October 11, 2015

By Guillermo Gutierrez

Take the Right Steps in Walking that Weight Way

Have a robust weight loss goal? Consider walking, not running, toward your desired physique. The latest research shows that people who regularly walked for fitness—albeit at a fast pace—weighed less than those dedicated to other types of physical activity which includes running, swimming, and cycling. With equal parts commitment and the right diet, you can expect to shed a half-pound to 2 pounds per week with a new walking regimen. To get your new self up and walking, follow these tips.

Ease in.
Ultimately, you'll want to build up to 30 to 60 minutes of walking most days of the week. But start where you are—if you haven't worked out in a while, that could mean fitting in 10 minutes of motion each day. Each week, boost that daily total by 5 minutes. This slow, steady ramp-up gives your body a chance to adapt, reducing your risk of injury as you get fitter.

One of the great things about exercise in general but especially with walking is that it really can be cumulative during the day. If you feel overwhelmed by a 30- or 60-minute total, break it up into three 10-minute segments. You'll burn just as many calories and net the same health benefits with less stress on your schedule. At first, keep your pace comfortably challenging—you should be able to speak a few sentences, but not carry on a lengthy conversation without effort. Maintain a steady program and you'll build endurance—you'll notice that you can naturally walk faster with less effort. After a few weeks of steady striding, add in some speedier intervals—brief bursts of faster walking—to amp up your results.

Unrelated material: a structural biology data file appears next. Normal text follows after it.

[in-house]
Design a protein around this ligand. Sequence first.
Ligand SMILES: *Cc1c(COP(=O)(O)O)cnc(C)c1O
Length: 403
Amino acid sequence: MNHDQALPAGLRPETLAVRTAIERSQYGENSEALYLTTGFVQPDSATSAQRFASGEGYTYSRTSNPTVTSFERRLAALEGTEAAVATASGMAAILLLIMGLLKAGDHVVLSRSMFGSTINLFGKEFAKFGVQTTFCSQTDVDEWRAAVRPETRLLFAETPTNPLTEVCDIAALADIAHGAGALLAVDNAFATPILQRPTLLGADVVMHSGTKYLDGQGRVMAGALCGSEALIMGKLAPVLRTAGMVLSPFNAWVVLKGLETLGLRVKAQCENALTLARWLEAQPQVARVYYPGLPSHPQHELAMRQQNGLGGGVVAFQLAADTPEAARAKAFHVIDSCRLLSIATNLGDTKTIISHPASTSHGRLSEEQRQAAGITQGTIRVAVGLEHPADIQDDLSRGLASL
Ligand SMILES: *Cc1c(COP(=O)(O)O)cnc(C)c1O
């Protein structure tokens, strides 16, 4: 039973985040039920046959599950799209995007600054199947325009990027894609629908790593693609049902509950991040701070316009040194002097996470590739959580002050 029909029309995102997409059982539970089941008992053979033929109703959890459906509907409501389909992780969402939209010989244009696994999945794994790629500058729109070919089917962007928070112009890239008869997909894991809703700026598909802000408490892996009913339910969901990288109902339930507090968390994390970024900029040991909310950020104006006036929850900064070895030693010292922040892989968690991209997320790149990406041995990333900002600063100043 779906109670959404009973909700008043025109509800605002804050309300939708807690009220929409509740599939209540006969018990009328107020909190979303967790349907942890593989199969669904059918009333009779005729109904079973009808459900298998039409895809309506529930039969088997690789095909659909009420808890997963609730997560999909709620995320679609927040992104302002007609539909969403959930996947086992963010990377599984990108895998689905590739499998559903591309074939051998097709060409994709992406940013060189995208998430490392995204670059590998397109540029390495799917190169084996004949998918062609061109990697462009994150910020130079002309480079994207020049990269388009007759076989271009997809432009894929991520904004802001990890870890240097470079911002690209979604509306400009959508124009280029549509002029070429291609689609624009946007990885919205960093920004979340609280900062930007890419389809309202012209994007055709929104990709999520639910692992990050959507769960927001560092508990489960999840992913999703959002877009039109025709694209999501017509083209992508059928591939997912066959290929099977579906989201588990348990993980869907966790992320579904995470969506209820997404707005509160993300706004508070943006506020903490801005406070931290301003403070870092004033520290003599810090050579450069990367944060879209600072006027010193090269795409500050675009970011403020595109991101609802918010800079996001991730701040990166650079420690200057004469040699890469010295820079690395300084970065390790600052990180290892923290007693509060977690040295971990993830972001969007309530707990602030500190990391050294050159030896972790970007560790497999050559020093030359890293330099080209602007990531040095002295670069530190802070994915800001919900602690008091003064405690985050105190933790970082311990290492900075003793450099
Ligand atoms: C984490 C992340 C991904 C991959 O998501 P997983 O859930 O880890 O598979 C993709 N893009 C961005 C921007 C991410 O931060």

Calm aches and pains.
With any new routine, a small amount of soreness comes with the territory—for instance, your calves might feel tight the day after you walk uphill. For minor muscle aches—the kinds of things that hurt a bit but feel better once you start moving—apply ice which doesn't leak and fits perfectly around spots like your knees, ankles, or lower back.

Take a day off if soreness alters your gait or limits your movements, or if your aches occur around your joints rather than just in your muscles, Mullen advises. Pain directly behind your kneecap, around your Achilles tendon, or in your ankles or hips could mean you're pushing harder than you should. If a few days of rest and icing don't resolve these issues, see a sports doc or physical therapist for advice.

To ward off aches and injuries before they begin, add in 2 days of strength training per week. As a bonus, this also turns up your burn—in a recent 12-week study, participants who combined cardio and weights shed more fat than those who did one type of exercise alone.


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